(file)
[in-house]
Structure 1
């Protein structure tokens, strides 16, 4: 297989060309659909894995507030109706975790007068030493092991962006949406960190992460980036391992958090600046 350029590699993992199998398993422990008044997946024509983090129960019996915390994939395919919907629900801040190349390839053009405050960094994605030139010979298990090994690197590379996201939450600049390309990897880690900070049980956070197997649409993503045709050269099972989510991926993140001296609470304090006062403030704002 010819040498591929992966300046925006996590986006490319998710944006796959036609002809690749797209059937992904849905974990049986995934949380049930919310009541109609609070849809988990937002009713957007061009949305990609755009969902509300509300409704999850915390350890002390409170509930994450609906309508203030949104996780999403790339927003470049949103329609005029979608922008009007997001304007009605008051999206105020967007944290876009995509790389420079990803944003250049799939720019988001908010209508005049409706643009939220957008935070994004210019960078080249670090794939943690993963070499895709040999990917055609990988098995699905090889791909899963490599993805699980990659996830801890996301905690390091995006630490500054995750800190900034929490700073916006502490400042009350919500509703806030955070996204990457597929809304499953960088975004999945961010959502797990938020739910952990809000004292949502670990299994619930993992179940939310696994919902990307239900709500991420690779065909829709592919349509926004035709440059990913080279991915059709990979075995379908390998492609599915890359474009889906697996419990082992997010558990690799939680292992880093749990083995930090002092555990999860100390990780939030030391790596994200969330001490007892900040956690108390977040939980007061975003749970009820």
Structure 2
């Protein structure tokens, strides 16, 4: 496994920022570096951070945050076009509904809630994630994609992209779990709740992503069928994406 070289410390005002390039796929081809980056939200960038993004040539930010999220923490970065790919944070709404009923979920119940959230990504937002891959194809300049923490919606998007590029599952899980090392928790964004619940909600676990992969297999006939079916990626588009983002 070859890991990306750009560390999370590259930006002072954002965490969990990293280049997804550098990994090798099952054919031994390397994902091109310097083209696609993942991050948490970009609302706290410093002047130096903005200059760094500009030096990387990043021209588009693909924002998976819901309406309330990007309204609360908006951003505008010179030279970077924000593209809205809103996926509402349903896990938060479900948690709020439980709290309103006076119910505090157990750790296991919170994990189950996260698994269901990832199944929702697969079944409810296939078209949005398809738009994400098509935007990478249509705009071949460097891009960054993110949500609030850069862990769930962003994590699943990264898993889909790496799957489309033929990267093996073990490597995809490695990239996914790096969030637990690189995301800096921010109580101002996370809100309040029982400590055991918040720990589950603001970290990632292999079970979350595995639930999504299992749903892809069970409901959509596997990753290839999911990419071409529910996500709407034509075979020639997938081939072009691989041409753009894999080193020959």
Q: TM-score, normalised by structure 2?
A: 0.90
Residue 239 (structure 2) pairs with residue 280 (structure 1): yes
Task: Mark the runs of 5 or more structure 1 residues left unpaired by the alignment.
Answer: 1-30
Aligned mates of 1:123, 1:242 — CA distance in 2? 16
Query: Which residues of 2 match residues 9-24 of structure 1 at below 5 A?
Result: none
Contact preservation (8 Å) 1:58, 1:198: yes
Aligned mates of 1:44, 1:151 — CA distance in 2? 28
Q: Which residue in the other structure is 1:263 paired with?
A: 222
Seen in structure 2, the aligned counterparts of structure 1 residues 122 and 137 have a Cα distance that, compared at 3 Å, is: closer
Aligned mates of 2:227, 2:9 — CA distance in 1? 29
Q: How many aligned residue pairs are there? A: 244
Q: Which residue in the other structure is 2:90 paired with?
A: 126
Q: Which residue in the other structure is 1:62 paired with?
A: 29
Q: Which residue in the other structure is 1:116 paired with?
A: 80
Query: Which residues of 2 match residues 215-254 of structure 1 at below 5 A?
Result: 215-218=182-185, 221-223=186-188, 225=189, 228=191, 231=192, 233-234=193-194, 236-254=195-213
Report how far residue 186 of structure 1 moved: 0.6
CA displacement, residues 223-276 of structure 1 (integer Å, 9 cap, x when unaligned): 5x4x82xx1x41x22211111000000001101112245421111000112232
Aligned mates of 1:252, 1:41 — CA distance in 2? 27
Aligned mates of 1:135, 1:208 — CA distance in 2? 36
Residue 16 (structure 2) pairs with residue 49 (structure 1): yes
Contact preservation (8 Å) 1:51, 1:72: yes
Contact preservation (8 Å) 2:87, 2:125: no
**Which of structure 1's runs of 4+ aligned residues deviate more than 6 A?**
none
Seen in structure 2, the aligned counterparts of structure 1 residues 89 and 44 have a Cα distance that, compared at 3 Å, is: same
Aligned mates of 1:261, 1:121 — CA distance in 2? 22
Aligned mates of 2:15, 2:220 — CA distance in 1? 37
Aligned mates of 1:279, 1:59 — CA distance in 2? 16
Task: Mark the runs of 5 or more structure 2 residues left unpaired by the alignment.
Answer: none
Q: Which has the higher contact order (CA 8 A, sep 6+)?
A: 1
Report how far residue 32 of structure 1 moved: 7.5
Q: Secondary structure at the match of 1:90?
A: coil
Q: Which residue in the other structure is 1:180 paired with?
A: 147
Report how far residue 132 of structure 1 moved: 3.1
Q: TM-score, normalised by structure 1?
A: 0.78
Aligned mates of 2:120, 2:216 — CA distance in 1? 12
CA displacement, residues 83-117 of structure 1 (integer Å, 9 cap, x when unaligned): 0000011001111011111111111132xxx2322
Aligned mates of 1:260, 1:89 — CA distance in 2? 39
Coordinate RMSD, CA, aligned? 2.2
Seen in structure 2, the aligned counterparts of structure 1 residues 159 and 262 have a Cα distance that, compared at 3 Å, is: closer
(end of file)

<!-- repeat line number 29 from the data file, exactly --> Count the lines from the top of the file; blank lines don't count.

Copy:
Report how far residue 186 of structure 1 moved: 0.6